Hyperkalemia--or having high potassium in your bloodstream--could be the cause of a few different things your body might be going through, some more serious than others.
According to the Library of Medicine, your kidneys help regulate the amount of potassium in your bloodstream by removing excess amounts. If your potassium levels are higher than normal, this may indicate that something is wrong with your kidneys and their regulation of your potassium levels. Some disorders could include kidney failure or a possible rejection of a kidney transplant. In any of these cases, the appropriate response is to run tests on your kidneys to outline any potential problems, which could range from decreased blood flow to the kidney to pregnancy complications.
A specific hormone, aldosterone, helps the kidney regulate your potassium levels. If your body stops producing this hormone, you may see a rise in potassium in the bloodstream. One reason for the lack of aldosterone would be from a disorder called Addison's disease. Addison's disease is a disorder that effects the production of aldosterone and/or cortisol. Some symptoms of Addison's disease could include weight loss, muscle weakness, loss of appetite and even fatigue.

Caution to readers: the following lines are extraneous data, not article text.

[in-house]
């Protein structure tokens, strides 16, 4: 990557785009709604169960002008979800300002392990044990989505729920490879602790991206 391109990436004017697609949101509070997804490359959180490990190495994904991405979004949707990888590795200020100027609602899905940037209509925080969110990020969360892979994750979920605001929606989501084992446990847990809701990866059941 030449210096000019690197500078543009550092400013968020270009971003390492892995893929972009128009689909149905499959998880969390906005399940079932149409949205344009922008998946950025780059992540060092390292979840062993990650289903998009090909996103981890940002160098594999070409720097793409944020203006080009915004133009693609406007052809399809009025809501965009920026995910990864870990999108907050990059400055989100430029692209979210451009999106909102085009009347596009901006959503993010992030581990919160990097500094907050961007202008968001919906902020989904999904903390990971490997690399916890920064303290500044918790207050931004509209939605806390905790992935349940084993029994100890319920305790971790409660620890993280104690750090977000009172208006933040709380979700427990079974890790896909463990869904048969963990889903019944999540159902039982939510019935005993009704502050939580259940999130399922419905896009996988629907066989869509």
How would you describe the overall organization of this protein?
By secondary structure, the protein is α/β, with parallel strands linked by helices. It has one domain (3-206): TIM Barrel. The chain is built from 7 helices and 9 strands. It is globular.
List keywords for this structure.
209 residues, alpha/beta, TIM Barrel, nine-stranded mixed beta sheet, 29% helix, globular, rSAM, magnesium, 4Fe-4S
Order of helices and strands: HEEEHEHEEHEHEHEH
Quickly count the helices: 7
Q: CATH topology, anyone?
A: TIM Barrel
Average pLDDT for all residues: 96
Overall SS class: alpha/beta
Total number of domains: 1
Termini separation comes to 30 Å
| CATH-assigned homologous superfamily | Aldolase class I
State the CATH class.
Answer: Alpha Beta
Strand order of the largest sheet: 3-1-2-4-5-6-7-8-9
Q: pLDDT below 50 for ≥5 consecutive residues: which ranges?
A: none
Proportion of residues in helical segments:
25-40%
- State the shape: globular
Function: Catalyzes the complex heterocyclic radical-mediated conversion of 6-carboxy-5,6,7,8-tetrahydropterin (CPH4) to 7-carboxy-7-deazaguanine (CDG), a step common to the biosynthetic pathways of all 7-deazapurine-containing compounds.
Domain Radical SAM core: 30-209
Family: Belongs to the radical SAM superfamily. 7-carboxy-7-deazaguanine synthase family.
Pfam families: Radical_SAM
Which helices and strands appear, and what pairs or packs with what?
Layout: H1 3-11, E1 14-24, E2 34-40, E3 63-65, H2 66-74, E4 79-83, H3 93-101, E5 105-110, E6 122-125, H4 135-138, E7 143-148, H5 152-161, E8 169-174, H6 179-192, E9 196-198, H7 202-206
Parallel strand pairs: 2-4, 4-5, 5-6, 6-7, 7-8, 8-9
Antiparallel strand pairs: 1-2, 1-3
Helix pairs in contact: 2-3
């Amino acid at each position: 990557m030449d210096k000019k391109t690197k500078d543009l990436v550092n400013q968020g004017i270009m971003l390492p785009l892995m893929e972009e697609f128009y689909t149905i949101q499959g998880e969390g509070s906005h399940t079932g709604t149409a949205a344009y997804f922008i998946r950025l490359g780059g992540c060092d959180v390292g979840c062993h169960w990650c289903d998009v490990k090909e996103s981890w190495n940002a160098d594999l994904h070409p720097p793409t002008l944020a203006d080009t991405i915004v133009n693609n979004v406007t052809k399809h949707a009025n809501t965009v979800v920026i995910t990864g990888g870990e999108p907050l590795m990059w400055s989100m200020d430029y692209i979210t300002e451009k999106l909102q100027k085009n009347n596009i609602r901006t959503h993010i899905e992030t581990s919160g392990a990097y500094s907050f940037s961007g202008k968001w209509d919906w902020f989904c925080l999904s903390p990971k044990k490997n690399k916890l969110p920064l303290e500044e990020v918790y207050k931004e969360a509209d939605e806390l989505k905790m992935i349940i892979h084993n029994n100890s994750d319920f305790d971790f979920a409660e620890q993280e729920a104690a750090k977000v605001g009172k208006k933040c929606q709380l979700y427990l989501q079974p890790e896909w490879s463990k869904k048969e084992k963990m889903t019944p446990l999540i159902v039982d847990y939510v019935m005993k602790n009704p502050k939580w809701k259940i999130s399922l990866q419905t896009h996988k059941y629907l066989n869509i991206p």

When your tissues go through some type of trauma such as a burn, surgery, tumor or another traumatic injury, potassium is released and surrounds the tissue. This could cause an increase of potassium in your bloodstream. Other possible reasons for tissue problems could include alcoholism, drug addiction (especially to harder drugs like cocaine or heroin) and heat stroke.
Possible Symptoms and Complications
Because there are several reasons why your potassium levels may be high, there can be multiple symptoms to look out for as well. Some symptoms include nausea, tingling sensations, loss of appetite, weight loss and muscle fatigue. In some serious cases, you may have a slower heartbeat and/or a weak pulse. It is good to note that many of these symptoms may not start until your potassium levels reach a certain point, usually typically higher than 7.0 mEq/l.
Some complications that can come from hyperkalemia include arrhythmias (an abnormal rate of muscle contractions), cardiac arrest (also known as a heart attack), and changes in nerve and muscle control.